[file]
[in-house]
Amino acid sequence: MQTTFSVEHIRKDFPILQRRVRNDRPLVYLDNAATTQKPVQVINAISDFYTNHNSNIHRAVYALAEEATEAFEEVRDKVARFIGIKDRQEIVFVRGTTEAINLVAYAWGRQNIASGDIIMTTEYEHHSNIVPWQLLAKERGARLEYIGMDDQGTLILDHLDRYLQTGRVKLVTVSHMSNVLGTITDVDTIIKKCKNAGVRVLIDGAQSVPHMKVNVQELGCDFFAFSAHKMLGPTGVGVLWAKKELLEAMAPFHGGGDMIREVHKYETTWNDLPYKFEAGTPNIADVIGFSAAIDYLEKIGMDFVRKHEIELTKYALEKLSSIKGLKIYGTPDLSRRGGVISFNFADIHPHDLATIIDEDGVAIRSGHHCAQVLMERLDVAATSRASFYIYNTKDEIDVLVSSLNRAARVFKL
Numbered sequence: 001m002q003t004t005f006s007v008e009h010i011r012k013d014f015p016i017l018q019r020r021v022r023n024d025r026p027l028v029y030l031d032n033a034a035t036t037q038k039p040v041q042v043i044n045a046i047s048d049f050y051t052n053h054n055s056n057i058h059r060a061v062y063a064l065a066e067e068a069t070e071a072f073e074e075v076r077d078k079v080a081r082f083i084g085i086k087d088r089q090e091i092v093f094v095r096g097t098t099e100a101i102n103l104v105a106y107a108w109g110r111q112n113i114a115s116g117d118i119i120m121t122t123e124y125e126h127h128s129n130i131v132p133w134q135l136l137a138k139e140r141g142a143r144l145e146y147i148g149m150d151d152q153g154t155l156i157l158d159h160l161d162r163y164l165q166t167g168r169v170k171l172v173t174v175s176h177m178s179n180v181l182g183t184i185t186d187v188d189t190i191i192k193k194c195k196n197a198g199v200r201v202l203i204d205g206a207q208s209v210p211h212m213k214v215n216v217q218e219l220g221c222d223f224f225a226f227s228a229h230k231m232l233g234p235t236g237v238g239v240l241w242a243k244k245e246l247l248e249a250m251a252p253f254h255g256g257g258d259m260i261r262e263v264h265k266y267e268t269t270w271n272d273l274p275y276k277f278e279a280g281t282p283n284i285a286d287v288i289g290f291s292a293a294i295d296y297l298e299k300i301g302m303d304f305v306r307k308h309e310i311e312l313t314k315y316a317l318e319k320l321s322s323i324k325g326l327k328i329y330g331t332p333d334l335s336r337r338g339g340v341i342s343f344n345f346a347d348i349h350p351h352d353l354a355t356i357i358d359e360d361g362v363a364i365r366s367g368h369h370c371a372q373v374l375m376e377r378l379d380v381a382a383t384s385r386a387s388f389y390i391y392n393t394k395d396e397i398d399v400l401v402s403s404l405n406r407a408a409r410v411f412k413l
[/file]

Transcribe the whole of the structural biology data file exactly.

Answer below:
[in-house]
Amino acid sequence: MQTTFSVEHIRKDFPILQRRVRNDRPLVYLDNAATTQKPVQVINAISDFYTNHNSNIHRAVYALAEEATEAFEEVRDKVARFIGIKDRQEIVFVRGTTEAINLVAYAWGRQNIASGDIIMTTEYEHHSNIVPWQLLAKERGARLEYIGMDDQGTLILDHLDRYLQTGRVKLVTVSHMSNVLGTITDVDTIIKKCKNAGVRVLIDGAQSVPHMKVNVQELGCDFFAFSAHKMLGPTGVGVLWAKKELLEAMAPFHGGGDMIREVHKYETTWNDLPYKFEAGTPNIADVIGFSAAIDYLEKIGMDFVRKHEIELTKYALEKLSSIKGLKIYGTPDLSRRGGVISFNFADIHPHDLATIIDEDGVAIRSGHHCAQVLMERLDVAATSRASFYIYNTKDEIDVLVSSLNRAARVFKL
Numbered sequence: 001m002q003t004t005f006s007v008e009h010i011r012k013d014f015p016i017l018q019r020r021v022r023n024d025r026p027l028v029y030l031d032n033a034a035t036t037q038k039p040v041q042v043i044n045a046i047s048d049f050y051t052n053h054n055s056n057i058h059r060a061v062y063a064l065a066e067e068a069t070e071a072f073e074e075v076r077d078k079v080a081r082f083i084g085i086k087d088r089q090e091i092v093f094v095r096g097t098t099e100a101i102n103l104v105a106y107a108w109g110r111q112n113i114a115s116g117d118i119i120m121t122t123e124y125e126h127h128s129n130i131v132p133w134q135l136l137a138k139e140r141g142a143r144l145e146y147i148g149m150d151d152q153g154t155l156i157l158d159h160l161d162r163y164l165q166t167g168r169v170k171l172v173t174v175s176h177m178s179n180v181l182g183t184i185t186d187v188d189t190i191i192k193k194c195k196n197a198g199v200r201v202l203i204d205g206a207q208s209v210p211h212m213k214v215n216v217q218e219l220g221c222d223f224f225a226f227s228a229h230k231m232l233g234p235t236g237v238g239v240l241w242a243k244k245e246l247l248e249a250m251a252p253f254h255g256g257g258d259m260i261r262e263v264h265k266y267e268t269t270w271n272d273l274p275y276k277f278e279a280g281t282p283n284i285a286d287v288i289g290f291s292a293a294i295d296y297l298e299k300i301g302m303d304f305v306r307k308h309e310i311e312l313t314k315y316a317l318e319k320l321s322s323i324k325g326l327k328i329y330g331t332p333d334l335s336r337r338g339g340v341i342s343f344n345f346a347d348i349h350p351h352d353l354a355t356i357i358d359e360d361g362v363a364i365r366s367g368h369h370c371a372q373v374l375m376e377r378l379d380v381a382a383t384s385r386a387s388f389y390i391y392n393t394k395d396e397i398d399v400l401v402s403s404l405n406r407a408a409r410v411f412k413l